Try out different languages in your free time. You will come to discover a number of them that you really enjoy and in time, you will discover ways to use them in your work.

Experiment with Different Programming Languages

Discuss different programming languages with your peers, and experiment using them in your work. Challenge yourselves to use different languages to achieve the same task. Find out which ones are easier to work with, and which ones are supported by the tools you use. Learn to use different languages to accomplish the same work.

Keep abreast with what is happening in the field, check out new languages and try them out. Learn how different languages are used and familiarize yourself with them. Find out new entrants to the market, and what languages their applications use.

Commit to a Lifelong Journey of Learning

Your ability to adapt will determine your marketability, so familiarize yourself with new programming languages as they enter the market. Make learning a lifelong journey, and never reach a point where you feel that you have arrived and don’t need to learn any more.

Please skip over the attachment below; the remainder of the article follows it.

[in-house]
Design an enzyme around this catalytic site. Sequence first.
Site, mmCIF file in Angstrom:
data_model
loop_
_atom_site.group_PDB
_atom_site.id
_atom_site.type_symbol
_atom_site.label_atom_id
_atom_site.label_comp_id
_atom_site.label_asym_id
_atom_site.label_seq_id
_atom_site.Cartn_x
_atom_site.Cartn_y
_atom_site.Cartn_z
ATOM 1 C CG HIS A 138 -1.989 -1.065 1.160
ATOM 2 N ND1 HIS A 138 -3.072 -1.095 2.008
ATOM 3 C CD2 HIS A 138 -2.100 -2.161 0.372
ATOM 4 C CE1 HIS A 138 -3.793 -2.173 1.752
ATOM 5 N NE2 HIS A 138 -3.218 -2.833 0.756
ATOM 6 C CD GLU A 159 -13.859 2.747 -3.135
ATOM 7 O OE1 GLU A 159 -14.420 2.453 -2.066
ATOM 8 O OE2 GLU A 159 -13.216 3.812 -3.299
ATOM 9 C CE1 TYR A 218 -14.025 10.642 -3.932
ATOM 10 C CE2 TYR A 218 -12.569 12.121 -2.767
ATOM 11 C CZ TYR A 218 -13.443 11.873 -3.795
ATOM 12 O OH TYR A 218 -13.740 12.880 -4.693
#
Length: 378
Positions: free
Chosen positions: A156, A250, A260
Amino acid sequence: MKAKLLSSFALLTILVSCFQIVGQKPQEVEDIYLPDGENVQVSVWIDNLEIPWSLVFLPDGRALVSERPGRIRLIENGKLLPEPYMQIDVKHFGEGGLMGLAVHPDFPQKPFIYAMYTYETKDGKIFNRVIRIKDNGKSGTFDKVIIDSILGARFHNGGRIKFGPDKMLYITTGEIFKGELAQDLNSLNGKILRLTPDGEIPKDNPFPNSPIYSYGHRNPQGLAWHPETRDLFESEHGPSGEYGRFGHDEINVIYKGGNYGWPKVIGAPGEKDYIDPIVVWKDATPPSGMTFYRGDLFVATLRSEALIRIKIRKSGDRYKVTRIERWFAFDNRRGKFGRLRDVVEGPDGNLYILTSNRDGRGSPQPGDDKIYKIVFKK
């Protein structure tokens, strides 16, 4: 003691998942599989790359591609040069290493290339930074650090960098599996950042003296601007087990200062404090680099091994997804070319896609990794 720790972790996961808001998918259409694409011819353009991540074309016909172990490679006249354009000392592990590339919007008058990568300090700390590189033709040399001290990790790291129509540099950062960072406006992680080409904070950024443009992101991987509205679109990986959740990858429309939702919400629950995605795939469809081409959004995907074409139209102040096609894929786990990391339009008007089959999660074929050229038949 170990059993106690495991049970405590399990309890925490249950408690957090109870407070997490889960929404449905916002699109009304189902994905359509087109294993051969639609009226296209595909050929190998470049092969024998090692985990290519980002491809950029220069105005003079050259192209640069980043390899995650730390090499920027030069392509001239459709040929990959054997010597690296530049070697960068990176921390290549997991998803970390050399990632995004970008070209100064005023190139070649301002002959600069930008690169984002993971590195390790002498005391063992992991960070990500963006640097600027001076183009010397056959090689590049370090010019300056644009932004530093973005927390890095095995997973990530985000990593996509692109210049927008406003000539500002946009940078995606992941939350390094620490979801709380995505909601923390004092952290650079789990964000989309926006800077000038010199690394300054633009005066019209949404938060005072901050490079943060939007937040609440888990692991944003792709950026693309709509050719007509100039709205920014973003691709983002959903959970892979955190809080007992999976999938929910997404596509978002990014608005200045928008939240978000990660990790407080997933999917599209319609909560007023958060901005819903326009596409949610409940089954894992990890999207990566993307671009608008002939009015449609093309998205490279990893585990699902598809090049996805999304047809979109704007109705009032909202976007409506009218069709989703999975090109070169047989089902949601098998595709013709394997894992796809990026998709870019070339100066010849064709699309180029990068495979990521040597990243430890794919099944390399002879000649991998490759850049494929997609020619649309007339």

Be familiar with your market and the in-demand programming languages. Learn what major employers operate in your market, and the languages that are popular with them. Do not be swayed by what is happening in different markets.

Research possible future demands for programming, and anticipate what languages could be applicable to them.

And Finally - Make Coding Your Hobby

Make coding one of your hobbies, and play around with it in your free time. The more time you put into it, the better you become and the more you learn to enjoy it.

Teach yourself to enjoy programming whether you are being paid for it or not. Do not get stuck at one job, but keep your eyes open for opportunities that will help you grow. If you are good at what you do and you do not get intimidated by challenges, apply for jobs that challenge you and pay you more.

One day someone might offer you a handsome salary to do some of the things you have been doing in your free time. It is a bonus to get paid to do something you have already been doing as a hobby.

Would you like to share some of the programming languages you should opt for in seeking better job prospects? We would be happy to learn from you in our comments section.

Dipaparkan 9 Ogos, 2017


Software Developer

Lucy is the Development & Programming Correspondent for She is currently based in Sydney.